The world may be a mess; our lives may be a mess, but the light of Christ can pull us to a higher place. And that’s the core message of our Lenten series, “Finding Redemption in Our Mess.” We are now in our fourth week of Lent. And through this season, we have been thinking about the messes of our lives; giving consideration to how they got there and how to get things cleaned up. This is moving us toward the great message of Easter, and the restoration that comes through the life, ministry, death, and resurrection of our Savior, Jesus Christ. Our focus has been on the messes of our own making, the messes that arise from sin, but right now we are all living in the tough reality of a big mess that is not of our own making. And as we talk through all of this, I want you all to hear that the message crosses over – from one mess to another to another, no matter the cause.

So last week, we talked about how moving beyond the messes of our lives requires an acknowledgment that we really want things to change. Instead of praying that God would “bless the mess” in our lives, we have to acknowledge that the mess is there, that it’s a problem, and that we want God’s help in fixing the problem. When Jesus asks the question, “Do you want to get well,” we must answer, “Yes!” This morning, we’re going to talk about beginning that process of change, or cleaning up. And, spoiler alert, this is a major process that basically requires that we dive right in. But it is also an innate, God-given longing within each of us, to be always reaching toward the Son.

Early in his ministry, Jesus was approached by a man named Nicodemus. Nicodemus was a staunch Pharisee. He had heard of Jesus and his miraculous work, but he was also a bit skeptical, and afraid to reveal that he might see in Jesus the light for which he has been longing. So Nicodemus comes to Jesus in the dark of night and says, “We know that you are a teacher who has come from God…” and Jesus replied, affirming Nicodemus, “Unless someone is born anew, it’s not possible to see God’s kingdom.” And then he goes on, and I didn’t read this part of the passage this morning, but after Jesus makes that statement, Nicodemus asks how an adult could possible re-enter the mother’s womb and be born again. And Jesus describes a new birth by water and the Spirit. Now, you all know how painful, and difficult, and messy birth can be. The same is true of new birth, of spiritual renewal. It’s not easy to shed the familiar and the comfortable. But there’s no messing around here, if we want to get things cleaned up, that’s exactly what we have to do. Painful as it may be, we have to turn from our old life and embrace the new.

Which brings me back to Paul’s words to the Philippians. “The righteousness that I have comes from knowing Christ, the power of his resurrection, and the participation in his sufferings. It includes being conformed to his death so that I may perhaps reach the goal of the resurrection of the dead.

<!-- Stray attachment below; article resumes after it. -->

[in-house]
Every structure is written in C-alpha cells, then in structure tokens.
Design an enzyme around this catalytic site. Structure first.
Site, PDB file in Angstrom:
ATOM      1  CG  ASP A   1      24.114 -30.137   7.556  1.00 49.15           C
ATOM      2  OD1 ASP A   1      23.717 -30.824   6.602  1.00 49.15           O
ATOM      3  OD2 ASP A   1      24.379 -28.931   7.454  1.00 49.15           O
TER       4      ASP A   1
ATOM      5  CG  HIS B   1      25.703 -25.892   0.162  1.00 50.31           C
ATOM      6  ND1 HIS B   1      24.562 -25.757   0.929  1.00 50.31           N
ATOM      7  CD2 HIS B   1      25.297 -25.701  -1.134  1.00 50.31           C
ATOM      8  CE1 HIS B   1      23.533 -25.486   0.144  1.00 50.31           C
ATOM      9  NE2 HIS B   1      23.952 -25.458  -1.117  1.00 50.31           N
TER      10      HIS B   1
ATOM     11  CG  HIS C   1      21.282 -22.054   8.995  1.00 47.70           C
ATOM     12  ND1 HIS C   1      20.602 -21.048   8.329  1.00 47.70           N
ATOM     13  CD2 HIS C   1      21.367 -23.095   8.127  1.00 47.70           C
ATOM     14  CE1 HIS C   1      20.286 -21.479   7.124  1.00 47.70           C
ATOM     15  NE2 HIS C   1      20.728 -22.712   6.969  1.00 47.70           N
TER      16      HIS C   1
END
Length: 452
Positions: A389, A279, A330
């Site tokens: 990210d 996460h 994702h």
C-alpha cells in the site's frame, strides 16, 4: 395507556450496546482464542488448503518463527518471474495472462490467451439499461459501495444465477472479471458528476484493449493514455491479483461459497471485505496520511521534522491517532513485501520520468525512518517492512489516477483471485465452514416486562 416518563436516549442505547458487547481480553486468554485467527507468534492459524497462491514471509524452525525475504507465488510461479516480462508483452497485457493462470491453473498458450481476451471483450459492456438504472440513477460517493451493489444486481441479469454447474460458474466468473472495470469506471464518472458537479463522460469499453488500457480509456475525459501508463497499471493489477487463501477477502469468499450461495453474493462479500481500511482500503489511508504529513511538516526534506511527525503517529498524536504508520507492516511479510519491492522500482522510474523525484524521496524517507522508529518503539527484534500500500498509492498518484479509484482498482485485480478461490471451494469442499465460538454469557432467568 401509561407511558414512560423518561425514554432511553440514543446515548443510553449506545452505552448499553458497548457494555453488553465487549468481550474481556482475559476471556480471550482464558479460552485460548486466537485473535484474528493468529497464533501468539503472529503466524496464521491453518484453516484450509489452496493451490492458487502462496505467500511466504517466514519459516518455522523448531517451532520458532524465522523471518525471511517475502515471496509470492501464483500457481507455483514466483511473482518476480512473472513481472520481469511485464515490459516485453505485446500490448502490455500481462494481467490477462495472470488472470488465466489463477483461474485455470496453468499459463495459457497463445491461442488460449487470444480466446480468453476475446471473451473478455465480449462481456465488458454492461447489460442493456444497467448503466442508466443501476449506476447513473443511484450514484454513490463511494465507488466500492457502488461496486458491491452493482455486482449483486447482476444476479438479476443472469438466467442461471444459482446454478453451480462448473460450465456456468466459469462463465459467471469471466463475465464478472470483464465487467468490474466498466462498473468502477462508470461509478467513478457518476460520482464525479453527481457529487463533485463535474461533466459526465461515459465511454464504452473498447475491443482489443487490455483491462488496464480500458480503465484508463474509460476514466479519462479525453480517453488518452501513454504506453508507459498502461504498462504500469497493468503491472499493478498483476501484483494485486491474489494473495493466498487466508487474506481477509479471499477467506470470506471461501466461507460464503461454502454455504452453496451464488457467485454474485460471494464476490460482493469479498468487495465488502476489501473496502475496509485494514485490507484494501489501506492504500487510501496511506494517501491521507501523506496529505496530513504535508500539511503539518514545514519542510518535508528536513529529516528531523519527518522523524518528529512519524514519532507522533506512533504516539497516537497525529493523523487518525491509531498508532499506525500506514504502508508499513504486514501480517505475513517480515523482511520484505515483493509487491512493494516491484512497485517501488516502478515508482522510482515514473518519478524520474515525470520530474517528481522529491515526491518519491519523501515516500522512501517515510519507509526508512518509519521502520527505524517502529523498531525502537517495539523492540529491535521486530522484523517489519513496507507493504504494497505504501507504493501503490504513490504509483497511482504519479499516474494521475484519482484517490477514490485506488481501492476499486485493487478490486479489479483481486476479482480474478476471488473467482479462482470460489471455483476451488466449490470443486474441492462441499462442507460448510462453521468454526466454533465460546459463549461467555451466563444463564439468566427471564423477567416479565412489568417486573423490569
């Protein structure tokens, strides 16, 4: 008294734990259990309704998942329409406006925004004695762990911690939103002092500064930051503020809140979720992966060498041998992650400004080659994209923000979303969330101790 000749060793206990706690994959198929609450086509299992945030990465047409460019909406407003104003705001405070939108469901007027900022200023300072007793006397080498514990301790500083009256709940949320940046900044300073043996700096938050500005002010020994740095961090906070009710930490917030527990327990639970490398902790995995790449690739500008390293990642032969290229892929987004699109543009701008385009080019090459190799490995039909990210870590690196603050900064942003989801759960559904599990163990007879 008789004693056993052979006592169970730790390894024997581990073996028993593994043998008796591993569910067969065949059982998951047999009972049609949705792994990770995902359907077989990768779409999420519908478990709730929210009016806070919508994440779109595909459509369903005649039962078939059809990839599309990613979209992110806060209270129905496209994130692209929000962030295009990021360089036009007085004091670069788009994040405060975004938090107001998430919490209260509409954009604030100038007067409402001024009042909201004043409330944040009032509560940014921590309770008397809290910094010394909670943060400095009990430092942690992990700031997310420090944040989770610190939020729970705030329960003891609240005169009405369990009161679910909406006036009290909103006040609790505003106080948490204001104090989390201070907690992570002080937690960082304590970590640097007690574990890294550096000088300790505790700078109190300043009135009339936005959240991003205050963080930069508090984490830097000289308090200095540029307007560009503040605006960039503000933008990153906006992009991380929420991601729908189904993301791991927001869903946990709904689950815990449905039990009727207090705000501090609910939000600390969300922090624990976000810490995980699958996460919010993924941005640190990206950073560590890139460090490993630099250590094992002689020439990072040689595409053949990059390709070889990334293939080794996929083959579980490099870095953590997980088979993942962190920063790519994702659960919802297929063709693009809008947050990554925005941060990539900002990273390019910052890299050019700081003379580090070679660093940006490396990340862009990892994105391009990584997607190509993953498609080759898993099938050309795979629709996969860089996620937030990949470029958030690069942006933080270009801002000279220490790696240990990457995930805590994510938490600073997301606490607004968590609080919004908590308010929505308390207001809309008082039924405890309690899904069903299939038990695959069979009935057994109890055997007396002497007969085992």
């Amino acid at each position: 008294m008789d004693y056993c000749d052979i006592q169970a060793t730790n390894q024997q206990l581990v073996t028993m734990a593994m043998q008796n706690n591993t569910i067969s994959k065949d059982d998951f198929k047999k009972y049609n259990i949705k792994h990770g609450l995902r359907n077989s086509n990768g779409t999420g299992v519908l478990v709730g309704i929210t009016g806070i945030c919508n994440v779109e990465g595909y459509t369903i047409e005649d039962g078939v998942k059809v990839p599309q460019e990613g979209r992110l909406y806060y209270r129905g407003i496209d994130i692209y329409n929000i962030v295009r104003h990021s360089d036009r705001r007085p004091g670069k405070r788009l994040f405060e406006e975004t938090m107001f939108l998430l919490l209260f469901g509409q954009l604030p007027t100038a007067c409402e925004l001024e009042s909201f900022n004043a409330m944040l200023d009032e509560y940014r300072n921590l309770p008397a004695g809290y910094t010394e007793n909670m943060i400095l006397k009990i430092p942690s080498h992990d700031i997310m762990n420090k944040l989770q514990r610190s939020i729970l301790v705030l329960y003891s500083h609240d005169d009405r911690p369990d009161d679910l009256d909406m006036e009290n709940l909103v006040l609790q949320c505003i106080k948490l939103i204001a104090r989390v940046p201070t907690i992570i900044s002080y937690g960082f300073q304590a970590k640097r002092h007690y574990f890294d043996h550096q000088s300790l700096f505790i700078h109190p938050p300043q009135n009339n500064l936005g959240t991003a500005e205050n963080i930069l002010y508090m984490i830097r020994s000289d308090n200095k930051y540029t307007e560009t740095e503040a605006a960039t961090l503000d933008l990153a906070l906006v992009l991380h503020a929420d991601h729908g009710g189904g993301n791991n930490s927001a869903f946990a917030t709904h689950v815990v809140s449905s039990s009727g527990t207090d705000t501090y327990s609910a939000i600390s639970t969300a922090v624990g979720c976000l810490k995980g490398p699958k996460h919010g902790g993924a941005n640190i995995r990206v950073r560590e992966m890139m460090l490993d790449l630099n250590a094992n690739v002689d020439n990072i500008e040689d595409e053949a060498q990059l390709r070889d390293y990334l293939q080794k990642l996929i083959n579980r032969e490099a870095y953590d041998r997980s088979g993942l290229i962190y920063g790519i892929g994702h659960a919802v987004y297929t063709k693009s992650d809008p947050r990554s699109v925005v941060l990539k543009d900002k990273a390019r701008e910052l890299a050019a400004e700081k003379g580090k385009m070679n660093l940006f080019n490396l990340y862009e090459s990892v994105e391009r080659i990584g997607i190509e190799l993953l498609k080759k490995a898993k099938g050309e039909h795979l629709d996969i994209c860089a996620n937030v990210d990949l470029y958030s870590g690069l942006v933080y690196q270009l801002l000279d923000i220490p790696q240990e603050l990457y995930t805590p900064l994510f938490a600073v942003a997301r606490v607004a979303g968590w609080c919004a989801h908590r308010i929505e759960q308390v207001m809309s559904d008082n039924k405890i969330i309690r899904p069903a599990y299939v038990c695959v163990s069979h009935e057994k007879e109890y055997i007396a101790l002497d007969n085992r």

“It’s not that I have already reached this goal or have already been perfected, but I pursue it, so that I may grab hold of it because Christ grabbed hold of me for just this purpose. Brothers and sisters, I myself don’t think I’ve reached it, but I do this one thing: I forget about the things behind me and reach out for the things ahead of me. The goal I pursue is the prize of God’s upward call in Christ Jesus.”

Our lives are and will be a continual cycle of reaching up to new heights, and then finding ourselves surrounded by a mess again, and so reaching higher still. This is a goal we strive after, never really a final destination we reach. This is a goal we pursue, for which we reach and grab, because Christ himself has grabbed hold of us “for just this purpose.” But living into that purpose, pursuing that goal also means leaving behind the old ways of life, the messes that can become all-consuming. Again, though, finding redemption and restoration in our lives doesn’t mean that we just sort of declutter; we also have to move away from all the messy “agents” in our lives; sin most especially. Ultimately, God’s goal, Christ’s life-saving work, is not simply so that we have “less mess in our lives; [God’s goal] is to lift us out of our old life and into a new one[!]”

I’m really not sure where we go from here. On top of any messes we were already dealing with, we are walking in dark and unfamiliar territory right now. Everything is messy. But here’s the truth I cling to today and everyday; the truth that keeps me striving forward. There is something innate within each of us; something placed there by God himself, that keeps us longing for and moving toward the light. And as long as we are growing toward the Son, no matter what messes may surround us, we are moving in the right direction and nothing can stop us. This is the upward call of God in Christ Jesus.

So it is that “I do this one thing: I forget about the things behind me and reach out for the things ahead of me.”